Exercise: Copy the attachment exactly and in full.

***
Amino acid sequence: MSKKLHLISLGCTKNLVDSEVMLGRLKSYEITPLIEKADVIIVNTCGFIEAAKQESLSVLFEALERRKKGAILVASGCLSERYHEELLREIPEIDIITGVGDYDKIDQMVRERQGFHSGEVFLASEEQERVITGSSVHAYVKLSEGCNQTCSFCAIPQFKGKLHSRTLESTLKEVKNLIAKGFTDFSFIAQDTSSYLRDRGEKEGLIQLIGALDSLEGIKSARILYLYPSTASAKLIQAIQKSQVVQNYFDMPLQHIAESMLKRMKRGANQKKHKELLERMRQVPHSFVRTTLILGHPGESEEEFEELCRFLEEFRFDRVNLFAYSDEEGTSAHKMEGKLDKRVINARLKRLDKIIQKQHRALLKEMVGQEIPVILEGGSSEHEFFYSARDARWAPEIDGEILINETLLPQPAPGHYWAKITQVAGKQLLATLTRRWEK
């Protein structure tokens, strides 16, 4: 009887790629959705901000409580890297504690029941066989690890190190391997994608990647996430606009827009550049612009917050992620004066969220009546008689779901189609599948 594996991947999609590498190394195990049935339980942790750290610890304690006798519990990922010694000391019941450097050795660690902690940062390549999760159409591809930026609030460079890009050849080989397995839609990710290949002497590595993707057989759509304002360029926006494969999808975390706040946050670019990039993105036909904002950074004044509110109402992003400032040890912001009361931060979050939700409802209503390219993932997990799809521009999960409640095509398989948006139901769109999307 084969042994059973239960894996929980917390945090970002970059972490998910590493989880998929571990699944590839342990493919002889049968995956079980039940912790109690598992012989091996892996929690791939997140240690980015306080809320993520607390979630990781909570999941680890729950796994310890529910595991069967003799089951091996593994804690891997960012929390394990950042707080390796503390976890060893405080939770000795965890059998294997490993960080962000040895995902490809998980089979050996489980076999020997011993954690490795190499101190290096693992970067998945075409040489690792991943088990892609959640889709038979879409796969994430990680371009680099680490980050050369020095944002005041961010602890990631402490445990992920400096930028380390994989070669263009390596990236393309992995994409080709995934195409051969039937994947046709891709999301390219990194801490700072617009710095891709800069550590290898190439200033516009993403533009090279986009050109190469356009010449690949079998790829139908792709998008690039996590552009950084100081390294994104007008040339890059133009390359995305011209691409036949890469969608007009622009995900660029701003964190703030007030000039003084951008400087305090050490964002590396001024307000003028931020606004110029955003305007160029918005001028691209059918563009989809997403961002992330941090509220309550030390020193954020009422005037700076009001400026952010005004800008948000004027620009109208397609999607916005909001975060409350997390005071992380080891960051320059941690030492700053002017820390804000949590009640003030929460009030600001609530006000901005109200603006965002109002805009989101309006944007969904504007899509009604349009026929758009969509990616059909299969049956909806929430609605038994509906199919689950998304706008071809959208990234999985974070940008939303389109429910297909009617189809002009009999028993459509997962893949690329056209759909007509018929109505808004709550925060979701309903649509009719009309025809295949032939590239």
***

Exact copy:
Amino acid sequence: MSKKLHLISLGCTKNLVDSEVMLGRLKSYEITPLIEKADVIIVNTCGFIEAAKQESLSVLFEALERRKKGAILVASGCLSERYHEELLREIPEIDIITGVGDYDKIDQMVRERQGFHSGEVFLASEEQERVITGSSVHAYVKLSEGCNQTCSFCAIPQFKGKLHSRTLESTLKEVKNLIAKGFTDFSFIAQDTSSYLRDRGEKEGLIQLIGALDSLEGIKSARILYLYPSTASAKLIQAIQKSQVVQNYFDMPLQHIAESMLKRMKRGANQKKHKELLERMRQVPHSFVRTTLILGHPGESEEEFEELCRFLEEFRFDRVNLFAYSDEEGTSAHKMEGKLDKRVINARLKRLDKIIQKQHRALLKEMVGQEIPVILEGGSSEHEFFYSARDARWAPEIDGEILINETLLPQPAPGHYWAKITQVAGKQLLATLTRRWEK
């Protein structure tokens, strides 16, 4: 009887790629959705901000409580890297504690029941066989690890190190391997994608990647996430606009827009550049612009917050992620004066969220009546008689779901189609599948 594996991947999609590498190394195990049935339980942790750290610890304690006798519990990922010694000391019941450097050795660690902690940062390549999760159409591809930026609030460079890009050849080989397995839609990710290949002497590595993707057989759509304002360029926006494969999808975390706040946050670019990039993105036909904002950074004044509110109402992003400032040890912001009361931060979050939700409802209503390219993932997990799809521009999960409640095509398989948006139901769109999307 084969042994059973239960894996929980917390945090970002970059972490998910590493989880998929571990699944590839342990493919002889049968995956079980039940912790109690598992012989091996892996929690791939997140240690980015306080809320993520607390979630990781909570999941680890729950796994310890529910595991069967003799089951091996593994804690891997960012929390394990950042707080390796503390976890060893405080939770000795965890059998294997490993960080962000040895995902490809998980089979050996489980076999020997011993954690490795190499101190290096693992970067998945075409040489690792991943088990892609959640889709038979879409796969994430990680371009680099680490980050050369020095944002005041961010602890990631402490445990992920400096930028380390994989070669263009390596990236393309992995994409080709995934195409051969039937994947046709891709999301390219990194801490700072617009710095891709800069550590290898190439200033516009993403533009090279986009050109190469356009010449690949079998790829139908792709998008690039996590552009950084100081390294994104007008040339890059133009390359995305011209691409036949890469969608007009622009995900660029701003964190703030007030000039003084951008400087305090050490964002590396001024307000003028931020606004110029955003305007160029918005001028691209059918563009989809997403961002992330941090509220309550030390020193954020009422005037700076009001400026952010005004800008948000004027620009109208397609999607916005909001975060409350997390005071992380080891960051320059941690030492700053002017820390804000949590009640003030929460009030600001609530006000901005109200603006965002109002805009989101309006944007969904504007899509009604349009026929758009969509990616059909299969049956909806929430609605038994509906199919689950998304706008071809959208990234999985974070940008939303389109429910297909009617189809002009009999028993459509997962893949690329056209759909007509018929109505808004709550925060979701309903649509009719009309025809295949032939590239």